Avian (Bird) Flu

February 1, 2017 at 11:59pm

The rapid spread of bird flu, which is not uncommon among chickens and other fowl, caught the attention of global health authorities in 2005. In October/November of that year, fowl on a B.C. farm tested positive for the H5 strain – which is not the deadly strain that caused deaths in Asia. As a precaution, the Canadian Food Inspection Agency (CFIA) ordered the cull of thousands of birds on that farm. There are at least 15 different types of avian influenza that routinely infect birds around the world. Human cases have been caused by a strain known as H5N1, which is highly contagious among birds and rapidly fatal. Unlike many other strains of avian influenza, it can be transmitted to humans, causing severe illness and death. If you work with live poultry, please follow any safety guidelines put in place by your employer.

Why the concern?

Influenza viruses are highly unstable and have the ability to mutate rapidly, potentially jumping from one animal species to another. Scientists fear the bird flu virus could evolve into a form that is easily spread between people, resulting in an extremely contagious and lethal disease. This could happen if someone already infected with the human flu virus catches the bird flu. The two viruses could recombine inside the victim’s body, producing a hybrid that could readily spread from person to person.


In rural areas, the virus is easily spread from farm to farm among domestic poultry through the feces of wild birds. The virus can survive for up to four days at 71 F (22 C) and more than 30 days at 32 F (0 C). If frozen, it can survive indefinitely.

In the most recent outbreak, human cases were from direct contact with infected chickens and their droppings. People who catch the virus from birds can pass it on to other humans, although the disease is generally milder in those who caught it from an infected person rather than from birds. If the virus mutates and combines with a human influenza virus, it could be spread through person-to-person transmission in the same way the ordinary human flu virus is spread.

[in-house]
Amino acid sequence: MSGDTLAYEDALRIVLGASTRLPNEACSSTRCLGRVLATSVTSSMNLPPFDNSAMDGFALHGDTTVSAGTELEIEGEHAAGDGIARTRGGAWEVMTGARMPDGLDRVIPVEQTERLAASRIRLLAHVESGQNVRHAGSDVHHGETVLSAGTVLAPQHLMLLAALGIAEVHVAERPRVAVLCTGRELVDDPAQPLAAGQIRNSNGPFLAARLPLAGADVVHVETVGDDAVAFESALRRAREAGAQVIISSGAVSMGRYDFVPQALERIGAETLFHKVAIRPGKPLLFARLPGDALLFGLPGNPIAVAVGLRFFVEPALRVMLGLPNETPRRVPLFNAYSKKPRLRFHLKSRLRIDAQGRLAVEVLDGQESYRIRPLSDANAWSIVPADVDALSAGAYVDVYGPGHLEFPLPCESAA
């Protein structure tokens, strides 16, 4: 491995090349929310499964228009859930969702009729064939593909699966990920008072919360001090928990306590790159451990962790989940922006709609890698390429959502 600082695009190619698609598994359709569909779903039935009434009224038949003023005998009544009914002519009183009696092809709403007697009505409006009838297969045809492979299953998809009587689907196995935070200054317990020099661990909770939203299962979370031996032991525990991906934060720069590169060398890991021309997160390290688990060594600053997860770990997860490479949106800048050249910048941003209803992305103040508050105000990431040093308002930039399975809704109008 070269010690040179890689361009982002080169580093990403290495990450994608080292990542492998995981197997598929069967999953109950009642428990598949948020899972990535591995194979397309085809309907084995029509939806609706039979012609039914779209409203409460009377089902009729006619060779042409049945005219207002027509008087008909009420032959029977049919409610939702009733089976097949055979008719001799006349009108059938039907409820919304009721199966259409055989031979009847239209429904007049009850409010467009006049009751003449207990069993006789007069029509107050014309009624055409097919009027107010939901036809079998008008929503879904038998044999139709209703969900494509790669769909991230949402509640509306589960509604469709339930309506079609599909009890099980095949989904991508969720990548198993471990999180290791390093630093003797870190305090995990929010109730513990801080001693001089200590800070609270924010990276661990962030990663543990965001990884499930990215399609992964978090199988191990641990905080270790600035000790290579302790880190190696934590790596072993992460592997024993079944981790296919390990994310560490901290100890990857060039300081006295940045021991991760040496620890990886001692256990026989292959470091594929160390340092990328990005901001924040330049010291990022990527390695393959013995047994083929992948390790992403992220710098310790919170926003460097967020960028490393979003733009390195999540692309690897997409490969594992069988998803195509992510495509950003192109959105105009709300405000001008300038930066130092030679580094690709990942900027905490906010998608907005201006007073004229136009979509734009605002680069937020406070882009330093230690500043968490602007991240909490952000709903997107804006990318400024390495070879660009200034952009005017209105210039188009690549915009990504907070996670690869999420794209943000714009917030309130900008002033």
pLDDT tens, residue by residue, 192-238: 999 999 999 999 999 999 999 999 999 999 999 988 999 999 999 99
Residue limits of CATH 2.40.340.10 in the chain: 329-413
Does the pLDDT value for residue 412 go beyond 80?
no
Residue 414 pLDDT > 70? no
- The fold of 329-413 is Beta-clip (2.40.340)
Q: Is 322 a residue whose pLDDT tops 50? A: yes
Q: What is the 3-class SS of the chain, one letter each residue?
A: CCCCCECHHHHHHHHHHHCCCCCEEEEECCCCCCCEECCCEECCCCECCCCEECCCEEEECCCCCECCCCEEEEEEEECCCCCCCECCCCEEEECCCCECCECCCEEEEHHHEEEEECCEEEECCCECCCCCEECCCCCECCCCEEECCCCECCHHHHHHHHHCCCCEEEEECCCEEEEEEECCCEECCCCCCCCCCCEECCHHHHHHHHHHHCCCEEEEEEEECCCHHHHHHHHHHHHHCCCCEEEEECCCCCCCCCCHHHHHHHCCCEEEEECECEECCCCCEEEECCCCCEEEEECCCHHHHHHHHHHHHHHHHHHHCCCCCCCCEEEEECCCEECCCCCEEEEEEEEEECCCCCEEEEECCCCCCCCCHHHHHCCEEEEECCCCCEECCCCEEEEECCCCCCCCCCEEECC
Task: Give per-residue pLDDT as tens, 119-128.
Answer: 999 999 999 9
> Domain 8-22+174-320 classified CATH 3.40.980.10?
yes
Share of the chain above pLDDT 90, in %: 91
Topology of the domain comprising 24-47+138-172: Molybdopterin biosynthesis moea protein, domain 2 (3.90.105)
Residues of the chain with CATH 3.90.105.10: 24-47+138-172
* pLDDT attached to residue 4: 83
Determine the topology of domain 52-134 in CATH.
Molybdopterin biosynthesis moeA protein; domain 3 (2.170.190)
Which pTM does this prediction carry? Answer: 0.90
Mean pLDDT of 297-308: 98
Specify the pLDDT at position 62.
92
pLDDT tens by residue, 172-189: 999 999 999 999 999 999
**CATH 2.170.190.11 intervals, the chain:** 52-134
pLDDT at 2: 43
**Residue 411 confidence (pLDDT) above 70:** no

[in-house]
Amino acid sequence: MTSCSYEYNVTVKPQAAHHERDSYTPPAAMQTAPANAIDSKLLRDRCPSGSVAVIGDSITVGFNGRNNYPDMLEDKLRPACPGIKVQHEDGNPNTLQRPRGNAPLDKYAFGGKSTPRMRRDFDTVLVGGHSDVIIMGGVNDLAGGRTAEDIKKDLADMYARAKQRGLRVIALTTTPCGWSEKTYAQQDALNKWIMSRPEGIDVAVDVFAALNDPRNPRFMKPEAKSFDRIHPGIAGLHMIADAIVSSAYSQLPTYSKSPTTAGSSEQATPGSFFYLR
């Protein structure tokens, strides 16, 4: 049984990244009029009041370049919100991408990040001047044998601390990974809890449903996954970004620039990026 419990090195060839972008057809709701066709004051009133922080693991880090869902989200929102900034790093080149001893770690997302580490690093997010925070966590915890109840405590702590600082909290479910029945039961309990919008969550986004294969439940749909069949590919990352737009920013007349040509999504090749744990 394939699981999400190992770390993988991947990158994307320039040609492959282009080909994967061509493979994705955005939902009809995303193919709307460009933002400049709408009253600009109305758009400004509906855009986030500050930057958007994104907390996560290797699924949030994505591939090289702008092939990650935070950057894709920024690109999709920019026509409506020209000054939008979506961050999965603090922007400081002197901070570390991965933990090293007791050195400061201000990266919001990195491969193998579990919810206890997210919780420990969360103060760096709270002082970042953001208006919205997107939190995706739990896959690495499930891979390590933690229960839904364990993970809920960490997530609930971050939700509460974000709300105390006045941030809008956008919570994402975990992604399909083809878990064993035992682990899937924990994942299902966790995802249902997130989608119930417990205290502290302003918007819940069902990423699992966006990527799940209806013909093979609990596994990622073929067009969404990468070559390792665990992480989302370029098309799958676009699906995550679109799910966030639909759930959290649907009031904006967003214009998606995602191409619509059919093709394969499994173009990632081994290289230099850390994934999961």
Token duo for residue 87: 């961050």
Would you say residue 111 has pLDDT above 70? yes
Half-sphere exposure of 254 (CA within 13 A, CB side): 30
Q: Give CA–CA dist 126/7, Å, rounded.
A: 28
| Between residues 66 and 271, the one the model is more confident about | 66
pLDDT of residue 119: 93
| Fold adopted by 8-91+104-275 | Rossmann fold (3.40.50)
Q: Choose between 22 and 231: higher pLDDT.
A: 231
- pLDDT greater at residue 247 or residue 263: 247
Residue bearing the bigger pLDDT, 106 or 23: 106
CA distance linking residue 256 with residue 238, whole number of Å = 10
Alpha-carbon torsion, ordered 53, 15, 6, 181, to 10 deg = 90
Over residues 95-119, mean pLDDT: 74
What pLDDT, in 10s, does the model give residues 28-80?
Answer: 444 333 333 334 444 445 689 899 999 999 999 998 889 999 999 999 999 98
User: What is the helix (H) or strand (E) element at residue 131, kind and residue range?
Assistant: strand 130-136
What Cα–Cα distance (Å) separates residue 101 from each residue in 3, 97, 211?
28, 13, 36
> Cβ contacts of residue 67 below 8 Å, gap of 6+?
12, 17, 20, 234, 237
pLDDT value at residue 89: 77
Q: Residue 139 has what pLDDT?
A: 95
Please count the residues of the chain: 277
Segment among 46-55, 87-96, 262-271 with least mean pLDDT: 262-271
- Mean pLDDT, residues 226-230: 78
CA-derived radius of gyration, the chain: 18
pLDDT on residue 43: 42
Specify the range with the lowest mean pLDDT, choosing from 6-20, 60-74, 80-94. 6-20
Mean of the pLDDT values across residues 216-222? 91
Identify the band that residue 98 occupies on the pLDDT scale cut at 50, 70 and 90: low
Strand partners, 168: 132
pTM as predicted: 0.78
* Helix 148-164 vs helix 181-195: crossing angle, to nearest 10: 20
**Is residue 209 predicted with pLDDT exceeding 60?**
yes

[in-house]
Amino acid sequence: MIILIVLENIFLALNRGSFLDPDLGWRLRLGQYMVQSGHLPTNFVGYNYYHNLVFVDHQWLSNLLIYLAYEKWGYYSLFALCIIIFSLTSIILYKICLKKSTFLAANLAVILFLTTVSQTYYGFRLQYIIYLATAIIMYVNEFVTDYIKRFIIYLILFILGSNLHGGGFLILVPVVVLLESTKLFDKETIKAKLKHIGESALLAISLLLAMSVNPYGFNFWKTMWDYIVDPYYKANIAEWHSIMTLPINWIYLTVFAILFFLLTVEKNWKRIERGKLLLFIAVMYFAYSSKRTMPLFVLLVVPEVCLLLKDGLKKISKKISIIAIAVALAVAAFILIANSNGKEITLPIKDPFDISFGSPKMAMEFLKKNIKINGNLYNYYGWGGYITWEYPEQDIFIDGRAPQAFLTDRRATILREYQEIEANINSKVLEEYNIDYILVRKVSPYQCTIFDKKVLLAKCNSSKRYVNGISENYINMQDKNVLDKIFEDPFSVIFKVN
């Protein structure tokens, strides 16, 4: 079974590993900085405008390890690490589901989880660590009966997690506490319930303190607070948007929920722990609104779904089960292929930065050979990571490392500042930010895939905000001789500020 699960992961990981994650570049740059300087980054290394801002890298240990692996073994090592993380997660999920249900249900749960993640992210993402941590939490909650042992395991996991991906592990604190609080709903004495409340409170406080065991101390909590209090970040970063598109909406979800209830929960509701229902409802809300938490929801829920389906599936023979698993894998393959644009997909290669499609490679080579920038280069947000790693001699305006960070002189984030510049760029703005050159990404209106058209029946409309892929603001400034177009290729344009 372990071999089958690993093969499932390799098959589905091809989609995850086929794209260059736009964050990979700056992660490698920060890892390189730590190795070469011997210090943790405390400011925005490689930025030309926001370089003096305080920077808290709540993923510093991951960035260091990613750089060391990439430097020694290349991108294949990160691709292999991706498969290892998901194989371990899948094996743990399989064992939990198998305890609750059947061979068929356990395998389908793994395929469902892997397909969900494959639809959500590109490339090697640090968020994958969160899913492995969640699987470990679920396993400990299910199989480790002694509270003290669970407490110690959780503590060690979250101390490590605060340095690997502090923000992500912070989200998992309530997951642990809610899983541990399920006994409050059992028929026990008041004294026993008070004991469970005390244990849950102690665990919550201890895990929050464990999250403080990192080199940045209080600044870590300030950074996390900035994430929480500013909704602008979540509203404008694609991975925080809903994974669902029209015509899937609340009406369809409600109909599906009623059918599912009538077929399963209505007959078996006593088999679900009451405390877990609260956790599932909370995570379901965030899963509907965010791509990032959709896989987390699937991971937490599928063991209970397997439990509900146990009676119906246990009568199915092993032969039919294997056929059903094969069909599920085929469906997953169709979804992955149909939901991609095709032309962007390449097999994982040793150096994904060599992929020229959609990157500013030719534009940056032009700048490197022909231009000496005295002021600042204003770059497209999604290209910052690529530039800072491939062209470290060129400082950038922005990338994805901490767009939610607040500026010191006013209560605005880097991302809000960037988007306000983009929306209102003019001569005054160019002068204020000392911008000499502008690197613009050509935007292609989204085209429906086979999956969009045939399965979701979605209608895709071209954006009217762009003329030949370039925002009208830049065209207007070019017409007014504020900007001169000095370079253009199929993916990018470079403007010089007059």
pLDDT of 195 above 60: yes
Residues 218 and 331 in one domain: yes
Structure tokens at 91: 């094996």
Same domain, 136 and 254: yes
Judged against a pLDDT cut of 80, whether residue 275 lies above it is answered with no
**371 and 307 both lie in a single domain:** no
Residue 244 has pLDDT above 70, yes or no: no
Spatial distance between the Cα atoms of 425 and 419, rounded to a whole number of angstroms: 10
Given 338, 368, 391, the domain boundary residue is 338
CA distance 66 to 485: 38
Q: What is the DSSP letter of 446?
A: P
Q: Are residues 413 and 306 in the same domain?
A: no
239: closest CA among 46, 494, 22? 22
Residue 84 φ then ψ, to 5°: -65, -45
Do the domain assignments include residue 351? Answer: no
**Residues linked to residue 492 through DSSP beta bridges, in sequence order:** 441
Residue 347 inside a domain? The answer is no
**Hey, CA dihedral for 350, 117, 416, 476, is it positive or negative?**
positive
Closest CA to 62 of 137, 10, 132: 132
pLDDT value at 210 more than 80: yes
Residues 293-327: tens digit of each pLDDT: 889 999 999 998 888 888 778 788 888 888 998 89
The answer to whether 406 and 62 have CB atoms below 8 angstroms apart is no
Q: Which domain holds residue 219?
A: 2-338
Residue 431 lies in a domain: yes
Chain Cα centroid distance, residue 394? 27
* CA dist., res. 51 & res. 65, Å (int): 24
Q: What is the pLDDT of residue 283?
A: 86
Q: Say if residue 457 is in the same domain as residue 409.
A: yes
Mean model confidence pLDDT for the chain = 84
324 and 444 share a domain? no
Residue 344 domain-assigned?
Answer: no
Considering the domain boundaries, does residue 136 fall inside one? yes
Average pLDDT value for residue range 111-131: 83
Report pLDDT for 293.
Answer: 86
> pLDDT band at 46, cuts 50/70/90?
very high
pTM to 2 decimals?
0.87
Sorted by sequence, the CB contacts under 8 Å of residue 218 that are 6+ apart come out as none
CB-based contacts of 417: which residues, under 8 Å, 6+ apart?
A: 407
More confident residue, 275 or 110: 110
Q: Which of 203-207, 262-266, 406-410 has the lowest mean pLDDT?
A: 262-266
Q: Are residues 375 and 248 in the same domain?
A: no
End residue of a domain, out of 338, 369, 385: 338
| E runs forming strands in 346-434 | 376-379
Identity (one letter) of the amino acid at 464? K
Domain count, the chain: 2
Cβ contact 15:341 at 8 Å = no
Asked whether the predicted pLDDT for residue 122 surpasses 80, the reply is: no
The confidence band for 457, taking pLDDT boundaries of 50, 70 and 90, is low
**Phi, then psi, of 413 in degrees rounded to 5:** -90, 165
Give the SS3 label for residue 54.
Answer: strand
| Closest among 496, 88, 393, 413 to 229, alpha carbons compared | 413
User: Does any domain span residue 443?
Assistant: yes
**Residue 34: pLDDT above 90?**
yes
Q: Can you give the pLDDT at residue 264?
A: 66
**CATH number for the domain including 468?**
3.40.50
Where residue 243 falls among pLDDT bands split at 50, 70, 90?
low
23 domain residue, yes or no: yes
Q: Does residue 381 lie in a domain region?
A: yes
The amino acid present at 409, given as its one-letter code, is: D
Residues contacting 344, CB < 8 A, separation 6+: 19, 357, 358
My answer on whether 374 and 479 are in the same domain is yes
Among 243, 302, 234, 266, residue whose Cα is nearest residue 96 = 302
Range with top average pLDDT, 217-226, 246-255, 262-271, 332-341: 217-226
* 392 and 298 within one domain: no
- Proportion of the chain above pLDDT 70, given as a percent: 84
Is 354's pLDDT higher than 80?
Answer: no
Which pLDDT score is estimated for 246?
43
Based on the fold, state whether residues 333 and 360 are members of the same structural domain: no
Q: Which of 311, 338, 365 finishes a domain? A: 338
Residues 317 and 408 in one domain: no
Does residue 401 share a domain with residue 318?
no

An outbreak in 1997 in Hong Kong was the first time the virus had spread to people, but it was quickly contained. A total of 18 people were hospitalized with six reported deaths. About 1.5 million chickens were killed in an effort to remove the source of the virus. The 2004 and even more recent outbreak spread more rapidly to other countries, increasing its exposure to people in varied locations and raising the likelihood that the strain will combine with a human influenza virus.


Bird flu can cause a range of symptoms in humans. Some report fever, cough, sore throat and muscle aches. Others suffer from eye infections, pneumonia, acute respiratory distress and other severe and life-threatening complications.


Flu drugs exist that may be used both to prevent people from catching bird flu and to treat those who have it. The virus appears to be resistant to two older generic flu drugs, amantadine and rimantadine. The newer flu drugs, however, Tamiflu and Relenza are expected to work – though supplies could run out quickly if an outbreak occurs. Currently there is no vaccine, although scientists are working to develop one.


Rapid elimination of the H5N1 virus among infected birds and other animals is essential to preventing a major outbreak. The World Health Organization recommends that infected or exposed flocks of chickens and other birds be killed in order to help prevent further spread of the virus and reduce opportunities for human infection. The agency warns, however, that safety measures must be taken to prevent exposure to the virus among workers involved in culling.